If you want to feel a little more secure in your purchase, eBay often hosts accounts for companies with physical stores, including some that offer a reputable refurbishment programme. Keep an eye out for these, as they’re more likely to come with some kind of warranty and be refurbished to a certain standard; it’ll give you a little more peace of mind.

Buy a refurbished MacBook now from eBay

What about buying second-hand, non-refurbished MacBooks?

We’d strongly recommend looking at certified refurbished MacBooks first, but if you’re really looking to save some cash, then buying second-hand is always an option. There are a fair number of things to watch out for, some of which we’ve already covered; allow us to run through them again anyway, so that you know exactly what you’re getting into and come prepared.

Buying second-hand: A brief checklist

1. Ask for proof of purchase

Without meaning to sound paranoid, it’s a good idea to ensure that the MacBook you’re eyeing up has been obtained legally and is, in fact, the property of the seller. We’re not saying that all third-party sellers are criminals, but it’s never a bad idea to be thorough. Ask for a receipt, paper or electronic, and make sure you have a copy. In all honesty, most sellers ought to have some proof of purchase visible on the product listing, and if they’re being intentionally evasive on the subject it’s time to bail.

2. Check for a returns policy

It is absolutely crucial to have a back-up plan in case the item you’ve purchased has been falsely advertised (or just isn’t quite what you’d wanted). It’s unlikely that Dave from Gumtree is going to offer anything by way of buyer protection, so factor that into your considerations; the bigger the establishment, the more likely it is that they offer a returns policy, as the old saying really ought to go.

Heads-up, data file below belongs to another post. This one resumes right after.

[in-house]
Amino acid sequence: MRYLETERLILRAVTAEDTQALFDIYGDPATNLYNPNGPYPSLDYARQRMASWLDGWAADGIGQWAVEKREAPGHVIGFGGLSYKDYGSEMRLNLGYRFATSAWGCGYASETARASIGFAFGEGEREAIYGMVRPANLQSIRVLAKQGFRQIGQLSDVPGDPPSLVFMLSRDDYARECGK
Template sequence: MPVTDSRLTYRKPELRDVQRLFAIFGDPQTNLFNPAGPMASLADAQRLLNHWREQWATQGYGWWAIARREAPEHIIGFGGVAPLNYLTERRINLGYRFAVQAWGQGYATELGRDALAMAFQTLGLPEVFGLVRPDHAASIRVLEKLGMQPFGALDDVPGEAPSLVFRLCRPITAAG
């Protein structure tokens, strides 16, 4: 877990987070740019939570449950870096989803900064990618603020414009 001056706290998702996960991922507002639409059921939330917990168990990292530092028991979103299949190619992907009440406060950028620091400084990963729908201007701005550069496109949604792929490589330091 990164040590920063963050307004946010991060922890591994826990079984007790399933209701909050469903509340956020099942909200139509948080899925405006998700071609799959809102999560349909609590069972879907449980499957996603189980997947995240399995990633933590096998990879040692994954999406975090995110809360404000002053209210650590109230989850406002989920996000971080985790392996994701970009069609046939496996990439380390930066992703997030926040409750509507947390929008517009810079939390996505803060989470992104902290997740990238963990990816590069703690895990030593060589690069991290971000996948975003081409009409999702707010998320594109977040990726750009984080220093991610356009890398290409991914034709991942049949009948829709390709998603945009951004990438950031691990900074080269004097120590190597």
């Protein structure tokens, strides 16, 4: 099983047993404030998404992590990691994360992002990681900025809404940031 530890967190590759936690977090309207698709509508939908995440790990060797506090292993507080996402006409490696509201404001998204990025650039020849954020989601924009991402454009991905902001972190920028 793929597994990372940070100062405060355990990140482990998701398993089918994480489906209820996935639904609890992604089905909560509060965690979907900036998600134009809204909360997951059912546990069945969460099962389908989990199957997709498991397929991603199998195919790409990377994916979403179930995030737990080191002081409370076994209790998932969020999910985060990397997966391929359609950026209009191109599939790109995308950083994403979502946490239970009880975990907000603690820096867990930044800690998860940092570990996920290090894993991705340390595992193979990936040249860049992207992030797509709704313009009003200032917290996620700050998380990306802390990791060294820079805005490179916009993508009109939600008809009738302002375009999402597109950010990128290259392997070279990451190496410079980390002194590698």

3. Meet in a public place

Speaking of Dave from Gumtree: if you’re meeting an individual to complete the transaction, be cautious. At risk of once again sounding paranoid, it’s unwise to go bombing round to some stranger’s house alone, particularly where large sums of money are involved (as they inevitably will be with a second-hand MacBook). Meet in a public space such as a shopping centre or coffee shop, in broad daylight, on a busy day. We’re sorry for sounding like your parents; we’re only doing it for your benefit.

4. Check the important stuff

Before you make the purchase, turn the MacBook on. You’ll want to check a few basic things, the most crucial of which is the iCloud status. All being well, the seller will have successfully removed their iCloud account and performed a proper factory reset. If the iCloud account has not been removed, you will struggle to do much of anything without getting the seller’s password.

Once you’re certain that you’ve booted up a completely clear MacBook, spend a bit of time checking the basics. Does it charge? Do the keys work? Can you play uncomfortably loud pop music through the speakers? If something strikes you as faulty, don’t hand over a single penny; nothing is going to fix itself with further use.